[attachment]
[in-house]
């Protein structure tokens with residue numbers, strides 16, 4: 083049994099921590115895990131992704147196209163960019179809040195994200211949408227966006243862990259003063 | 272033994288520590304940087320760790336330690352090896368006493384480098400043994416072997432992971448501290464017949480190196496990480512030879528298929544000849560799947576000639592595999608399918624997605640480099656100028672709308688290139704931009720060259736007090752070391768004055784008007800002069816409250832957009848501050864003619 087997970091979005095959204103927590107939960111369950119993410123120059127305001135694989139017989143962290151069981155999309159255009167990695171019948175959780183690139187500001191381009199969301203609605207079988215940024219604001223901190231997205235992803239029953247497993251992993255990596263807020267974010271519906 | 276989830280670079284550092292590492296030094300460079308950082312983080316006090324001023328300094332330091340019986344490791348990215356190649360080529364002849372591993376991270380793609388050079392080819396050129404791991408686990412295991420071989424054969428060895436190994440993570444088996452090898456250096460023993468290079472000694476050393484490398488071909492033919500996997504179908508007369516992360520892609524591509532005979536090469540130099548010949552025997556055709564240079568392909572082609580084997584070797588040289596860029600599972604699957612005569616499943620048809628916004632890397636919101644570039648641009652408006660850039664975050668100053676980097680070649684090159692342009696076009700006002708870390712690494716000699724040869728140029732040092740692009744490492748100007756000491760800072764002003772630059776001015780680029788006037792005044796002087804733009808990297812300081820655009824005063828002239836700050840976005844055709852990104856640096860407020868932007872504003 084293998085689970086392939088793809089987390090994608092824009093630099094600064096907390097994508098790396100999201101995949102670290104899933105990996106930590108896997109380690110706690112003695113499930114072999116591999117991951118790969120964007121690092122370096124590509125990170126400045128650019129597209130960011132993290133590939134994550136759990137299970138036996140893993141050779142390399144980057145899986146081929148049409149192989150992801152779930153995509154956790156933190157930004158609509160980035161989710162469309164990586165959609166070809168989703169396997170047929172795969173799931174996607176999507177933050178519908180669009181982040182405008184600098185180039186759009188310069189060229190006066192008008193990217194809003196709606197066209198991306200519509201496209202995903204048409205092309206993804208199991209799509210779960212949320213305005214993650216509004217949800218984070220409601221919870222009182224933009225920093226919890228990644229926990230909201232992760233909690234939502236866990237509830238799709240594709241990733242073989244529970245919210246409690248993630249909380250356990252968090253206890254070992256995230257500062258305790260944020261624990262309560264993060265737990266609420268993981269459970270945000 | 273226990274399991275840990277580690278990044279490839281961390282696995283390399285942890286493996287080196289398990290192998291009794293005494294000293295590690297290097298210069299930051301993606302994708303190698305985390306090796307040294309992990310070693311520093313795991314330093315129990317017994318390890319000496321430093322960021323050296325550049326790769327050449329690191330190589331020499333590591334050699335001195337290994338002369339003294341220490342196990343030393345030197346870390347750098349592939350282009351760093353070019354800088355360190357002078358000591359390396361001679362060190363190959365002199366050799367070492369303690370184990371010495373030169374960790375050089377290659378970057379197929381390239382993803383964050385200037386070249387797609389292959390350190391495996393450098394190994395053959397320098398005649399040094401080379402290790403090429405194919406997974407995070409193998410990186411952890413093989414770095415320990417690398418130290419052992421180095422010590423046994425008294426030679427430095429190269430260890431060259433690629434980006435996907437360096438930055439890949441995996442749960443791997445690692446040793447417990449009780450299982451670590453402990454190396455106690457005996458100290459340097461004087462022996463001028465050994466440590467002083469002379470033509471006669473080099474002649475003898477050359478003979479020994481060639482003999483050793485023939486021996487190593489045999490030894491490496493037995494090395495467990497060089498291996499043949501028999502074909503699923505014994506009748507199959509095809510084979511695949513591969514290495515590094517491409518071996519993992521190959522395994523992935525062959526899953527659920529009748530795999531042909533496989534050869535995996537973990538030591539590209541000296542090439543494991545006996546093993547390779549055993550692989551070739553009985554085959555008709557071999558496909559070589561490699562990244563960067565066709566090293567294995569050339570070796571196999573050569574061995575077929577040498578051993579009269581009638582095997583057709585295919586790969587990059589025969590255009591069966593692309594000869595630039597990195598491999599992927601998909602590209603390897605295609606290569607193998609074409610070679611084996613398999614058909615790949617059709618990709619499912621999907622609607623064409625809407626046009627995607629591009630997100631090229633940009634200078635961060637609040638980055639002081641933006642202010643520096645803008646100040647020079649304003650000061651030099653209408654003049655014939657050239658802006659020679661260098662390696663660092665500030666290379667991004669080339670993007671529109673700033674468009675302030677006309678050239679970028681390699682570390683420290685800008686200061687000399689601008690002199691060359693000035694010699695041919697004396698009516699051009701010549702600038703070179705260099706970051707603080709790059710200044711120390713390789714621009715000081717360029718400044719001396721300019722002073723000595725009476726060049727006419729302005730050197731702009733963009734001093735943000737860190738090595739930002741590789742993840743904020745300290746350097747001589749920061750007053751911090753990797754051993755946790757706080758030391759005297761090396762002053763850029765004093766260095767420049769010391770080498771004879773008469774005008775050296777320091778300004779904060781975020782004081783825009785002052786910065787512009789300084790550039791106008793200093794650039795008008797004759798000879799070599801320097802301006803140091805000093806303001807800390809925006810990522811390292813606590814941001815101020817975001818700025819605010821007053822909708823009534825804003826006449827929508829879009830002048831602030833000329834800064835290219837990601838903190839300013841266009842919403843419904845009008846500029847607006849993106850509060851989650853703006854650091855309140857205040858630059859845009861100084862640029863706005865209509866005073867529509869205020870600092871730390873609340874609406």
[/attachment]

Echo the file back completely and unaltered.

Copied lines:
[in-house]
């Protein structure tokens with residue numbers, strides 16, 4: 083049994099921590115895990131992704147196209163960019179809040195994200211949408227966006243862990259003063 | 272033994288520590304940087320760790336330690352090896368006493384480098400043994416072997432992971448501290464017949480190196496990480512030879528298929544000849560799947576000639592595999608399918624997605640480099656100028672709308688290139704931009720060259736007090752070391768004055784008007800002069816409250832957009848501050864003619 087997970091979005095959204103927590107939960111369950119993410123120059127305001135694989139017989143962290151069981155999309159255009167990695171019948175959780183690139187500001191381009199969301203609605207079988215940024219604001223901190231997205235992803239029953247497993251992993255990596263807020267974010271519906 | 276989830280670079284550092292590492296030094300460079308950082312983080316006090324001023328300094332330091340019986344490791348990215356190649360080529364002849372591993376991270380793609388050079392080819396050129404791991408686990412295991420071989424054969428060895436190994440993570444088996452090898456250096460023993468290079472000694476050393484490398488071909492033919500996997504179908508007369516992360520892609524591509532005979536090469540130099548010949552025997556055709564240079568392909572082609580084997584070797588040289596860029600599972604699957612005569616499943620048809628916004632890397636919101644570039648641009652408006660850039664975050668100053676980097680070649684090159692342009696076009700006002708870390712690494716000699724040869728140029732040092740692009744490492748100007756000491760800072764002003772630059776001015780680029788006037792005044796002087804733009808990297812300081820655009824005063828002239836700050840976005844055709852990104856640096860407020868932007872504003 084293998085689970086392939088793809089987390090994608092824009093630099094600064096907390097994508098790396100999201101995949102670290104899933105990996106930590108896997109380690110706690112003695113499930114072999116591999117991951118790969120964007121690092122370096124590509125990170126400045128650019129597209130960011132993290133590939134994550136759990137299970138036996140893993141050779142390399144980057145899986146081929148049409149192989150992801152779930153995509154956790156933190157930004158609509160980035161989710162469309164990586165959609166070809168989703169396997170047929172795969173799931174996607176999507177933050178519908180669009181982040182405008184600098185180039186759009188310069189060229190006066192008008193990217194809003196709606197066209198991306200519509201496209202995903204048409205092309206993804208199991209799509210779960212949320213305005214993650216509004217949800218984070220409601221919870222009182224933009225920093226919890228990644229926990230909201232992760233909690234939502236866990237509830238799709240594709241990733242073989244529970245919210246409690248993630249909380250356990252968090253206890254070992256995230257500062258305790260944020261624990262309560264993060265737990266609420268993981269459970270945000 | 273226990274399991275840990277580690278990044279490839281961390282696995283390399285942890286493996287080196289398990290192998291009794293005494294000293295590690297290097298210069299930051301993606302994708303190698305985390306090796307040294309992990310070693311520093313795991314330093315129990317017994318390890319000496321430093322960021323050296325550049326790769327050449329690191330190589331020499333590591334050699335001195337290994338002369339003294341220490342196990343030393345030197346870390347750098349592939350282009351760093353070019354800088355360190357002078358000591359390396361001679362060190363190959365002199366050799367070492369303690370184990371010495373030169374960790375050089377290659378970057379197929381390239382993803383964050385200037386070249387797609389292959390350190391495996393450098394190994395053959397320098398005649399040094401080379402290790403090429405194919406997974407995070409193998410990186411952890413093989414770095415320990417690398418130290419052992421180095422010590423046994425008294426030679427430095429190269430260890431060259433690629434980006435996907437360096438930055439890949441995996442749960443791997445690692446040793447417990449009780450299982451670590453402990454190396455106690457005996458100290459340097461004087462022996463001028465050994466440590467002083469002379470033509471006669473080099474002649475003898477050359478003979479020994481060639482003999483050793485023939486021996487190593489045999490030894491490496493037995494090395495467990497060089498291996499043949501028999502074909503699923505014994506009748507199959509095809510084979511695949513591969514290495515590094517491409518071996519993992521190959522395994523992935525062959526899953527659920529009748530795999531042909533496989534050869535995996537973990538030591539590209541000296542090439543494991545006996546093993547390779549055993550692989551070739553009985554085959555008709557071999558496909559070589561490699562990244563960067565066709566090293567294995569050339570070796571196999573050569574061995575077929577040498578051993579009269581009638582095997583057709585295919586790969587990059589025969590255009591069966593692309594000869595630039597990195598491999599992927601998909602590209603390897605295609606290569607193998609074409610070679611084996613398999614058909615790949617059709618990709619499912621999907622609607623064409625809407626046009627995607629591009630997100631090229633940009634200078635961060637609040638980055639002081641933006642202010643520096645803008646100040647020079649304003650000061651030099653209408654003049655014939657050239658802006659020679661260098662390696663660092665500030666290379667991004669080339670993007671529109673700033674468009675302030677006309678050239679970028681390699682570390683420290685800008686200061687000399689601008690002199691060359693000035694010699695041919697004396698009516699051009701010549702600038703070179705260099706970051707603080709790059710200044711120390713390789714621009715000081717360029718400044719001396721300019722002073723000595725009476726060049727006419729302005730050197731702009733963009734001093735943000737860190738090595739930002741590789742993840743904020745300290746350097747001589749920061750007053751911090753990797754051993755946790757706080758030391759005297761090396762002053763850029765004093766260095767420049769010391770080498771004879773008469774005008775050296777320091778300004779904060781975020782004081783825009785002052786910065787512009789300084790550039791106008793200093794650039795008008797004759798000879799070599801320097802301006803140091805000093806303001807800390809925006810990522811390292813606590814941001815101020817975001818700025819605010821007053822909708823009534825804003826006449827929508829879009830002048831602030833000329834800064835290219837990601838903190839300013841266009842919403843419904845009008846500029847607006849993106850509060851989650853703006854650091855309140857205040858630059859845009861100084862640029863706005865209509866005073867529509869205020870600092871730390873609340874609406």